- Associated Press - Sunday, January 15, 2017

PENDLETON, Ore. (AP) - Family gatherings at the Primmer house now include two city councilors.

Dale Primmer, 44, was sworn into the Pendleton City Council a week ago while Doug Primmer, 53, was recently sworn in for his second term on the Hermiston City Council.

They may be each be known as Councilor Primmer in their respective communities, but their parents still like to reminisce about the days of their sons’ youthful hijinks, reported the East Oregonian (https://bit.ly/2jvYL9U).

“It was wild around our dinner table with four boys,” their mother Donna recalled.

Not too wild, their father Dewey added - the four Primmer brothers and their younger sister never gave him trouble with drugs or “anything like that.” But in 1977 when the family moved to Hermiston the fields surrounding their house provided a childhood paradise of pheasant hunting and building a motorbike track.

“Every weekend we’d jump in the Blazer and off we’d go,” Dewey said. “It was fish, fish, fish and every fall it was hunt, hunt, hunt.”

Doug was the oldest. Dale was the youngest of the boys, so Doug said Dale “got hung upside-down by the ankles a lot” when he came around to annoy his older brothers and their friends. Whenever they broke a light bulb in the basement playing pool (Dewey correctly guessed that investing in a pool table would keep his children and their friends safely within earshot more often) the older boys would send Dale on his bike to fetch another one before Mom and Dad got home.

“Let’s just say we had a running tab at the hardware store,” Doug said.

Family dinner around the dining room table was a must each night, and Dale said all of the Primmer kids held down jobs during their teenage years.

“We did sports until high school and then cars and girls came along, and they’re expensive,” Dale said.

Doug eventually moved on to a career in corrections, while Dale headed to Western Oregon University to become the first Primmer to graduate from college. His graduation was attended by the entire family, including siblings who flew in from out of state as a surprise.

Lots of people can’t wait to get out of their hometown, Dale said, but he and Doug never had that burning desire to leave Eastern Oregon. Even when Doug had to spend a year and three days (not that he was counting) in Pendleton for work, he returned to Hermiston as soon as he was able.

“He couldn’t figure out the one-way streets,” Dale joked.

“It just wasn’t home,” Doug countered.

Dale, however, did stay in Pendleton after work first brought him there. He said it was strange, once he had kids in sports, to suddenly realize he was rooting for the Bucks after a lifetime as a Bulldog. But somewhere along the way Pendleton became home.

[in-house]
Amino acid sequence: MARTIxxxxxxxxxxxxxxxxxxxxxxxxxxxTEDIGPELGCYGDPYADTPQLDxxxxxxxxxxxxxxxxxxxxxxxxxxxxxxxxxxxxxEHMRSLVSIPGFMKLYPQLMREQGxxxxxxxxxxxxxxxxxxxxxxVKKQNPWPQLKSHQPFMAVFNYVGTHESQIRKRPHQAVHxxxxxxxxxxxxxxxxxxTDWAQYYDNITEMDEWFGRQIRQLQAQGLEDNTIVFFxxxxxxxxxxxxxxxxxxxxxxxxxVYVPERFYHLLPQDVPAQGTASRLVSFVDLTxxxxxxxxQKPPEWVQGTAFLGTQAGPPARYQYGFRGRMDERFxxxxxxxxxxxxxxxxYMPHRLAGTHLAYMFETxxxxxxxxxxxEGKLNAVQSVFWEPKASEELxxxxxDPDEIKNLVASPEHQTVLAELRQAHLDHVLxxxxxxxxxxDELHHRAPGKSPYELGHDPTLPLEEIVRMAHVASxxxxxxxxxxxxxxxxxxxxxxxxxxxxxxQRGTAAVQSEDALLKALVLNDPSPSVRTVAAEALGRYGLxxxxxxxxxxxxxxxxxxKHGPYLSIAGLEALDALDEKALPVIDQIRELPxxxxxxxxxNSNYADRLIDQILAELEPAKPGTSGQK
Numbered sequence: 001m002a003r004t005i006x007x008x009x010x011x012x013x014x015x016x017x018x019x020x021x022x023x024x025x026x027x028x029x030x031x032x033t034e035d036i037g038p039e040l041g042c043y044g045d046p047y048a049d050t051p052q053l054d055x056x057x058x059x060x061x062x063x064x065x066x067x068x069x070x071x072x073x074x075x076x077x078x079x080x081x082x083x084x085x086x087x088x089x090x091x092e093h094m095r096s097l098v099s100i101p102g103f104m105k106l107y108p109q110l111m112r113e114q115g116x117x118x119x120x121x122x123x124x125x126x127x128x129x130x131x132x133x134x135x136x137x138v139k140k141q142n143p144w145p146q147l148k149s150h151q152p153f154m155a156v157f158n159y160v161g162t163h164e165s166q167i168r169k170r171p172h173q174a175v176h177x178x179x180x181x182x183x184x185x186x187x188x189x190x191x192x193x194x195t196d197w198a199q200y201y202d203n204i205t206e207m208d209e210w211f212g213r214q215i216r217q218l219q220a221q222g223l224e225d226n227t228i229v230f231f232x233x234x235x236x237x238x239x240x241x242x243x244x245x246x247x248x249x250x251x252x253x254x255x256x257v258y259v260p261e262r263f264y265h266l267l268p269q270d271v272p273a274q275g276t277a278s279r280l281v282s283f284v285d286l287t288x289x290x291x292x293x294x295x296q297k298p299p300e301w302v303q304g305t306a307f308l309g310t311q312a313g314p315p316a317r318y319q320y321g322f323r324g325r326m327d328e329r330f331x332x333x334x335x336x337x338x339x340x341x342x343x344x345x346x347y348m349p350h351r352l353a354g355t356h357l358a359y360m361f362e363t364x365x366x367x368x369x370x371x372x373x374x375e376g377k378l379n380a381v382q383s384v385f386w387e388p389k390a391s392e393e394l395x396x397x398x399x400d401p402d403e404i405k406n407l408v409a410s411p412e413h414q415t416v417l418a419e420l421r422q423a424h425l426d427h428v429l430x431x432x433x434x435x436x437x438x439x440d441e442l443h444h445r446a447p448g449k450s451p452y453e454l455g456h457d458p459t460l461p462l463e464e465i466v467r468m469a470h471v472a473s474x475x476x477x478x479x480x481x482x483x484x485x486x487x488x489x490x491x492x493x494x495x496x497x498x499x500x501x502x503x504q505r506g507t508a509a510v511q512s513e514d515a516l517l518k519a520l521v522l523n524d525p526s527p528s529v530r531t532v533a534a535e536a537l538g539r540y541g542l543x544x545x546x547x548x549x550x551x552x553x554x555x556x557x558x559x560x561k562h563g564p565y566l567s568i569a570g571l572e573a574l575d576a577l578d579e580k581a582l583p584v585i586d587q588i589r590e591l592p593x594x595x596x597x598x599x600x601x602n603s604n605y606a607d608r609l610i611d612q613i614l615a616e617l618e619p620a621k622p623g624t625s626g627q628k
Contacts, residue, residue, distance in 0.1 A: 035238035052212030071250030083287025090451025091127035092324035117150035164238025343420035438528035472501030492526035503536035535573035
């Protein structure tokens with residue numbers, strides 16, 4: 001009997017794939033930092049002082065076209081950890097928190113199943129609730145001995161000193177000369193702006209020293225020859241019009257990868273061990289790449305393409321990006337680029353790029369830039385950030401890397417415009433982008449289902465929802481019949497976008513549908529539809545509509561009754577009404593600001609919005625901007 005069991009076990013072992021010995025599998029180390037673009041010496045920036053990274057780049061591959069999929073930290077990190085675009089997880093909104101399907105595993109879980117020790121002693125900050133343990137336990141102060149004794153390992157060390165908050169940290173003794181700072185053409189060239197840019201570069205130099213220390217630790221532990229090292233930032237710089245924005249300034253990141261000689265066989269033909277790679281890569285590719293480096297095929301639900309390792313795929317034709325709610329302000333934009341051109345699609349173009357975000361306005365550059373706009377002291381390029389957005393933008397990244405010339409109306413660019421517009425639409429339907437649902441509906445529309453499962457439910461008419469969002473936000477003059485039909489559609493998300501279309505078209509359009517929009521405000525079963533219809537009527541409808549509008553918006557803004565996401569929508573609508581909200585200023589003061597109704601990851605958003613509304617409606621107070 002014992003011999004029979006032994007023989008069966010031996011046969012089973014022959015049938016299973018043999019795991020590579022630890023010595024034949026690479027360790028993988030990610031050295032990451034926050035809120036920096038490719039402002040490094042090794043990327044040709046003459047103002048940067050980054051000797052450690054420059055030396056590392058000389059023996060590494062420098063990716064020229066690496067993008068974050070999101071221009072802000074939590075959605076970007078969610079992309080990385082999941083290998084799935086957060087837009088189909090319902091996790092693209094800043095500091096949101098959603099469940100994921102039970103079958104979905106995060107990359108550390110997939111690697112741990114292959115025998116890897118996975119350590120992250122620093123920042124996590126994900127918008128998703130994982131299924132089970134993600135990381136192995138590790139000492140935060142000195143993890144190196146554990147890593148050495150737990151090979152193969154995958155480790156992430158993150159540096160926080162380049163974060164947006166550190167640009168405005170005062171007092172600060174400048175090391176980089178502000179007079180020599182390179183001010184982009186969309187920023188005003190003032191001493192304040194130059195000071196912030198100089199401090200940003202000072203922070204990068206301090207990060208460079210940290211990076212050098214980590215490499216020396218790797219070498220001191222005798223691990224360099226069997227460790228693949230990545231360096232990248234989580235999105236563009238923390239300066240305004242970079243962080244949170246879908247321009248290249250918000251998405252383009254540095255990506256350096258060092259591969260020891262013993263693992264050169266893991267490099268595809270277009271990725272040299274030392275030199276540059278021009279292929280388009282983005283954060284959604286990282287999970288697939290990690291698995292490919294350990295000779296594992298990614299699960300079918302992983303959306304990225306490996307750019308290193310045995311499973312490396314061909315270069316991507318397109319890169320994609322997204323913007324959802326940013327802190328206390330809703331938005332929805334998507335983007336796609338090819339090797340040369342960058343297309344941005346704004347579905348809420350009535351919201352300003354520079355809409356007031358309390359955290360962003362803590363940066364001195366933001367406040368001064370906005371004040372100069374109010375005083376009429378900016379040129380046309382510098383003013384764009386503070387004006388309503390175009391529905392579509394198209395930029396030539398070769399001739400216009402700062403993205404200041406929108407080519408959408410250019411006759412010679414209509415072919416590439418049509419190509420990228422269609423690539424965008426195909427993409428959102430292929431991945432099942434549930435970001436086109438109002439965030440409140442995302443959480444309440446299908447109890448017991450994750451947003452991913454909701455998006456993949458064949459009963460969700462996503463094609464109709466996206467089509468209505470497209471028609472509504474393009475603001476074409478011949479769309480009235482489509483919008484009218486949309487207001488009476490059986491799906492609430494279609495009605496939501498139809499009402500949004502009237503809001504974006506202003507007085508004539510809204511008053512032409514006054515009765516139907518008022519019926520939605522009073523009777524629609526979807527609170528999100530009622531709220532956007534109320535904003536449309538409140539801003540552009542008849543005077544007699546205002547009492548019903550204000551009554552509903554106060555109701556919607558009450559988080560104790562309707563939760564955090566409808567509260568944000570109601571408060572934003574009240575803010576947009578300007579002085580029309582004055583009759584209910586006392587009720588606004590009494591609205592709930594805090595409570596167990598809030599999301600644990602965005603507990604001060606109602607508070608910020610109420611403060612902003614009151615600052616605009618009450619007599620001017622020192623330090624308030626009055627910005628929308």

That doesn’t stop the rest of the family from playing up the Pendleton-Hermiston rivalry.

“I tell him all the time, ‘I can’t believe you’re raising Buckaroos,’” said Donna, who graduated from Hermiston herself.

Doug became a Hermiston city councilor more than four years ago after being frustrated with the controversies with the police department that were then enveloping the city.

“I saw a bumper sticker that said ‘The world is run by those who show up,’ and it just clicked with me,” he said.

When people started suggesting a few months ago that Dale run for one of Pendleton’s open seats, it was only natural that he ask his brother for advice on whether he should indeed run.

“One of the things I told him is ‘I’d love to tell you not to run,’” Doug said, noting the amount of time and energy the position takes. “But I can’t think of anyone better.”

He told his brother to make sure he felt he had the time to devote to being on the council, but also told him about how rewarding it is to see a project through that makes community better.

Dale said that if only one seat had been open, he probably would have left it to someone else. But it was exciting to think about the opportunity to help the city change course with a new mayor and four new councilors. He also saw it as a next step in serving the community.

“Simply complaining takes no talent,” he said.

On Jan. 3, when Dale took his seat on the Pendleton City Council, Doug was there watching. It proved to be an eventful meeting - Dale got “sworn in and sworn at,” as he put it. He said he appreciated the opportunity afterward to get his older brother’s perspective on the difficult decision the council made to start levying nuisance fines on the owners of the former city hall building that was damaged in a 2015 explosion.

Mirroring the relationship between most brothers, the relationship between the cities of Pendleton and Hermiston has historically been a mix of rivalry and partnership. The Primmers said they will both work in the best interests of their cities, but they will also have plenty of opportunities to share ideas over texts and family get-togethers in the home they grew up in. They hope their personal relationship will be an asset to the two communities.

“I think there’s times to work together, and times to compete,” Dale said.


Information from: East Oregonian, https://www.eastoregonian.com

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